Claye isn't likely to get lost in the shuffle.

Most freshmen have a few weeks to get acclimated and adjust, but the Sooners open the indoor season on Jan. 9, seven days after Claye arrives in Norman.

"Will and I have a great relationship already and I want to make the transition as easy as possible for him in training and competing," Fisher said.

Claye and Fisher were slowly drawn toward each other over the past years after Claye started exploring what programs had the best jumpers.

"I looked up the stats and (Oklahoma) had some of the best jumpers in the country," Claye explained. "I started talking to the coaches there and they had been interested in me before so I decided to go there."

It was as easy a choice for the Sooners.

"Will was the No. 1 returning jumper in the country," Fisher explained. "His marks were very respectable and with very little increase in bulk he'll be a national qualifier with All-American status."

Claye and Lamb have been friends since middle school and have challenged each other to excel.

"Will and Bryce were good enough to push each other to get better," Fisher said. "It's a great opportunity for Will at Oklahoma, but it will be interesting to see how Bryce does now."

There won't be any bench time for Claye at Oklahoma.

"He'll come in and be successful even at the level he is now," Fisher said, "Obviously he's going to get better. He's only 17 and has a minimal lifting background so he's just developing. By the time he's a senior and 21 or 22 years old it's going to be a huge difference."

But Claye doesn't intend to wait that long to make his mark.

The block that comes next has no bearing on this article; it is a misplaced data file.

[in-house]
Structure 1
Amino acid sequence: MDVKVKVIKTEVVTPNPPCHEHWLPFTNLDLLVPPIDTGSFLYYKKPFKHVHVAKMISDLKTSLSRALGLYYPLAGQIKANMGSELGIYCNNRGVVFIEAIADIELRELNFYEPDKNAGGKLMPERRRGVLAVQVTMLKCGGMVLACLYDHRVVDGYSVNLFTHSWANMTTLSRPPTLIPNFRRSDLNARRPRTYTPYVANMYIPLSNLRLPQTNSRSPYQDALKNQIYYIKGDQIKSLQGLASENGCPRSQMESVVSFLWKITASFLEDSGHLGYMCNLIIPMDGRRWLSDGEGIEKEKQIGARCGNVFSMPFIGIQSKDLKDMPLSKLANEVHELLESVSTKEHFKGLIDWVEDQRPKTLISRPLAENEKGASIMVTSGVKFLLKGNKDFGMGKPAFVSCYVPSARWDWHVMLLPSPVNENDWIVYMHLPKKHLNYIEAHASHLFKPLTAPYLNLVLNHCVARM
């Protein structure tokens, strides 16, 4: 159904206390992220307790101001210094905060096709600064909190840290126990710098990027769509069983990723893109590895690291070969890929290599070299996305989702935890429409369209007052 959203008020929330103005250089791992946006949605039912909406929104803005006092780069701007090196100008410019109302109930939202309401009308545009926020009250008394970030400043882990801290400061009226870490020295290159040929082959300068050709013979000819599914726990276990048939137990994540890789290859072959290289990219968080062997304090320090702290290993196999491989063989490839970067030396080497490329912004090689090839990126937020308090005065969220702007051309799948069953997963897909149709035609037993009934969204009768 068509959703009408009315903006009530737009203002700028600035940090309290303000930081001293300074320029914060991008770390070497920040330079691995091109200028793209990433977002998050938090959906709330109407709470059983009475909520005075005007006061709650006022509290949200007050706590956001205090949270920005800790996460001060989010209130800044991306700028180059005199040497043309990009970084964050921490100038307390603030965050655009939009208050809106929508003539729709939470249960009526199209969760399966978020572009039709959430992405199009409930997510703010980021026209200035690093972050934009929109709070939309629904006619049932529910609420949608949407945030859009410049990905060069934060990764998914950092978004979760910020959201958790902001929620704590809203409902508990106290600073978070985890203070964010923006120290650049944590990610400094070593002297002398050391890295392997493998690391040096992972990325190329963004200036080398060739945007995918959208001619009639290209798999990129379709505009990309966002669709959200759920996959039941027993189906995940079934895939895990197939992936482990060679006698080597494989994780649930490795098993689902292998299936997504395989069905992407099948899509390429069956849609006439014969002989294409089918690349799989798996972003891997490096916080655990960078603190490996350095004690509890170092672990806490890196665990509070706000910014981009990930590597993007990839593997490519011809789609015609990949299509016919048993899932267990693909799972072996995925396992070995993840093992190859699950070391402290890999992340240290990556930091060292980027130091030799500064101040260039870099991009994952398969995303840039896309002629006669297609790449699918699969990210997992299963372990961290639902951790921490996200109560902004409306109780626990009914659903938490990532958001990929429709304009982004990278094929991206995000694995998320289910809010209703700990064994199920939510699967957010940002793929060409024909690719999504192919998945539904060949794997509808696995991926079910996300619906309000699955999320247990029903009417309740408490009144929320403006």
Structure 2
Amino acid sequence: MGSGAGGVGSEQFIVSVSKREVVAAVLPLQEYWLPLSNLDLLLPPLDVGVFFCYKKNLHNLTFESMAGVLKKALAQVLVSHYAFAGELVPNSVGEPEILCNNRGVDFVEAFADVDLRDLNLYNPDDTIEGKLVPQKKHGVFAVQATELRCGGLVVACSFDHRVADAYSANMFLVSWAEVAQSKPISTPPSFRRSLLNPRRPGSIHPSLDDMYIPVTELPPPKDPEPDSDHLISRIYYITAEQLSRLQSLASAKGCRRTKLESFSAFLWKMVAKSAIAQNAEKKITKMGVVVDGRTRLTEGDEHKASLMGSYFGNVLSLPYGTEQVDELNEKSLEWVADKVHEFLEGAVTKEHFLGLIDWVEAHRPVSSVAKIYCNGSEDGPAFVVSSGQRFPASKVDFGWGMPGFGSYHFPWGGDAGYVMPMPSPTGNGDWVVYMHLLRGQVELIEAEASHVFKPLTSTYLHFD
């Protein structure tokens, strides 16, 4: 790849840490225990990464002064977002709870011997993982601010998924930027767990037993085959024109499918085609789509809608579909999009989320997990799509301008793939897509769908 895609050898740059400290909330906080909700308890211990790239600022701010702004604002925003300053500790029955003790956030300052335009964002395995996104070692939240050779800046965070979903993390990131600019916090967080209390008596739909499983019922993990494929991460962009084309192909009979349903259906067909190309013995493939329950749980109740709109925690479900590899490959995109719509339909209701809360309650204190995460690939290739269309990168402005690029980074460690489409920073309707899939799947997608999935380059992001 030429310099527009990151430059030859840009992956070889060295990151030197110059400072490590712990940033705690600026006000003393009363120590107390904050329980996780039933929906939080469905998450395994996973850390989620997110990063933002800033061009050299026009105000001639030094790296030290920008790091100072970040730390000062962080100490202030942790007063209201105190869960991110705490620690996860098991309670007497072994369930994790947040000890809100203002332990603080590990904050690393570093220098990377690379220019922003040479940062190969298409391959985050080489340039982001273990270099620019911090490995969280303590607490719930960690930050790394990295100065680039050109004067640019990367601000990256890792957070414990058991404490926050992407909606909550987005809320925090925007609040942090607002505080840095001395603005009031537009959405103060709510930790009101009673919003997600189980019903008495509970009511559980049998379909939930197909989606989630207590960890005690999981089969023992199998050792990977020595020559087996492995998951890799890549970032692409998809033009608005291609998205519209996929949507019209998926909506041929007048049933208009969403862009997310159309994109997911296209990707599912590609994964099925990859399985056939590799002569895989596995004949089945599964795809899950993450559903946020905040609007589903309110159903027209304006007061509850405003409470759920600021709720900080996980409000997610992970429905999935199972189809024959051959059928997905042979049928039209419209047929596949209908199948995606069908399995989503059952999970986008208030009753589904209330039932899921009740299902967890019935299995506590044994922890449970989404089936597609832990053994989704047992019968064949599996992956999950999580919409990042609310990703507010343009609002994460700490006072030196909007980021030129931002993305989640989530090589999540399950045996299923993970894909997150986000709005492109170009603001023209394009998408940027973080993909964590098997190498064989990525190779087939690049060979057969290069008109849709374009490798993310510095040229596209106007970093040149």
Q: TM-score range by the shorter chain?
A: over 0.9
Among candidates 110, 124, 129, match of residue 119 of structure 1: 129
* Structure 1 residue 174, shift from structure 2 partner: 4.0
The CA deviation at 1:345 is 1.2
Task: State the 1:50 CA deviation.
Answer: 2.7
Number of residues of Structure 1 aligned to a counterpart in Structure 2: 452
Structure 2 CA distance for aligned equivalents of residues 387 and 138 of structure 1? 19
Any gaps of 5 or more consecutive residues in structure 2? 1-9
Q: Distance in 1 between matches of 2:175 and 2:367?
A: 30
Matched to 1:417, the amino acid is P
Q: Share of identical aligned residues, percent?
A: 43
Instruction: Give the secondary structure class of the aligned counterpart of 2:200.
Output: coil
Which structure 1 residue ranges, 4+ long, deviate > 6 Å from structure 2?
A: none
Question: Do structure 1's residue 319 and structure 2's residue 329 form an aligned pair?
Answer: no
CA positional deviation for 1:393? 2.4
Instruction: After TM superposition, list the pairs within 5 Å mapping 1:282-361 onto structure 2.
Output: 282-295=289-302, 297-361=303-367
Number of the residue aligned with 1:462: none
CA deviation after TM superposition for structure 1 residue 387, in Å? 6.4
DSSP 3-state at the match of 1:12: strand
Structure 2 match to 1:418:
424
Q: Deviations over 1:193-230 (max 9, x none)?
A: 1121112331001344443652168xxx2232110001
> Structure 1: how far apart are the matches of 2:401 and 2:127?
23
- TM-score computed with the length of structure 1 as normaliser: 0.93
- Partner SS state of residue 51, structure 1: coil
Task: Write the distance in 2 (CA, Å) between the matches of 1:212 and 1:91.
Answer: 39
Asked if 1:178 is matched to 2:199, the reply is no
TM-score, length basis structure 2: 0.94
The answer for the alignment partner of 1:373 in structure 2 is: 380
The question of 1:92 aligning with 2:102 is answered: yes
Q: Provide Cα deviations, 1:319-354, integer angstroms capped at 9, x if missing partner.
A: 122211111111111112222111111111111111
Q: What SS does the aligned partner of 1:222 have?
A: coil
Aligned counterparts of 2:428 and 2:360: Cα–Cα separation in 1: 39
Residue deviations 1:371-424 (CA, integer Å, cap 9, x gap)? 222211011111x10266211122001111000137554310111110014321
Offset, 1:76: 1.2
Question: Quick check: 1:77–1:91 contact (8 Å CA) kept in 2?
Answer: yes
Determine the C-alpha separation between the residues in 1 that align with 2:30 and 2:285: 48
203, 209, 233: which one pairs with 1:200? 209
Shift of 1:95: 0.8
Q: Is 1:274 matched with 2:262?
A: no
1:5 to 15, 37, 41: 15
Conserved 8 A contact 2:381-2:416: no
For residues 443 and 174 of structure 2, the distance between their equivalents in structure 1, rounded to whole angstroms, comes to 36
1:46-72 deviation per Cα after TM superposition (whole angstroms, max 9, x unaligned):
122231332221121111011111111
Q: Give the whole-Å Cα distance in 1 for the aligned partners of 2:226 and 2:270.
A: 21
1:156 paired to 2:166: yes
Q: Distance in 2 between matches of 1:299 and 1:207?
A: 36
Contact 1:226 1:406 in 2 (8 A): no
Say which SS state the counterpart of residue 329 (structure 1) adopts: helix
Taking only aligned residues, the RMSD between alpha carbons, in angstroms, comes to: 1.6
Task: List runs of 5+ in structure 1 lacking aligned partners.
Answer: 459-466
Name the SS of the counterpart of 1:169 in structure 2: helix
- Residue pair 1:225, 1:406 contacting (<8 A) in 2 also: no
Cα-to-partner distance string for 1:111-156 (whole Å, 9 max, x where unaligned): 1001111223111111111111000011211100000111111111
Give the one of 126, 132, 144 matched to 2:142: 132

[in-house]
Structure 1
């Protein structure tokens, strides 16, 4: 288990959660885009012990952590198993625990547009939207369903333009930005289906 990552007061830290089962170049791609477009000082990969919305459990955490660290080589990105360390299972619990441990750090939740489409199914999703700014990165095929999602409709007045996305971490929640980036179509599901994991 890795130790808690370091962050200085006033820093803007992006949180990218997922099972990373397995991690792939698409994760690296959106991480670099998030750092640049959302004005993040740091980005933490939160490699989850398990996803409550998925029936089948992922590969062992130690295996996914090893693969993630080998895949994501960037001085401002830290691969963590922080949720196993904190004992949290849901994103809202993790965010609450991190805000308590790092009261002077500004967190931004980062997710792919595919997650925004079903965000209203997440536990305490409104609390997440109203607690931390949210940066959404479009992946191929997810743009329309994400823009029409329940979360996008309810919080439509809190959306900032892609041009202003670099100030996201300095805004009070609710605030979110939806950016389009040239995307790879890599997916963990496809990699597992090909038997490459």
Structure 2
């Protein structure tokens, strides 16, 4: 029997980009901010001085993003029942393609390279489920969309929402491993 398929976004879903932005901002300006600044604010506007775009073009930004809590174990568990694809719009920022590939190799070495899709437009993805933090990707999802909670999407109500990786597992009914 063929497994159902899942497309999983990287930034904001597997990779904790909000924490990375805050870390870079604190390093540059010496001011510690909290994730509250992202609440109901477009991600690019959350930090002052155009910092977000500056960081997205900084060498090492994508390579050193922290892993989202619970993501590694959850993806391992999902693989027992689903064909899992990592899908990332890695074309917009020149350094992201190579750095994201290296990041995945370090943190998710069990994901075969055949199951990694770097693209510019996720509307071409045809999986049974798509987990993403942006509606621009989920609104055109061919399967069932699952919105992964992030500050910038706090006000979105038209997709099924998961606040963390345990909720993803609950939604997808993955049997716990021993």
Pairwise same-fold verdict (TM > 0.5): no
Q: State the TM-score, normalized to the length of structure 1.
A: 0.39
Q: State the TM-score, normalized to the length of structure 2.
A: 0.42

"I want to win the championship next spring and go the Olympics in 2012," Claye said.

It's not a pipe dream for the Pride jumper who enjoys mathematics and plans to get a degree in computer engineering.

"You'll see Will competing in the Olympics in 2012 and 2016," Fisher said. "I've told him that even though Oklahoma is a four-year academic and collegiate commitment he has an eight- or nine-year athletic commitment."
HAPPY NEW YEAR: '08 is gone. '09 is here, and with the new year comes a talented corps of known and unknown jumpers. Stay tuned for the top returnees from Texas and throughout the United States?

Thursday, July 10, 2008

BYDGOSZCZ, POLAND — She's only a "youngin," but can outjump most boys a year or two her senior.
Youth prevailed in Poland on Day 3 of the World Junior Championships as 16-year-old Cuban triple jumper Dailenys Alcantara (DAH-ee-LAY-nees AHL-kahn-TAH-rah) uncorked an effort of 14.25 meters (46-feet-9), literally distancing herself from an international field of 12 of the best horizontalist on the planet.
Last year, as a 15-year-old, Alcantara won the World Youth Championships (17-and-under) in the Czech Republic, where she jumped 13.63 meters (44-feeet8.75).

Wednesday, July 09, 2008


BYDGOSZCZ, POLAND — Texas native Marquise Goodwin won the long jump competition on Wednesday, July 9, during the World Junior Championships.

Goodwin, 17, covered a distance of 7.74 meters (25-feet-4.75).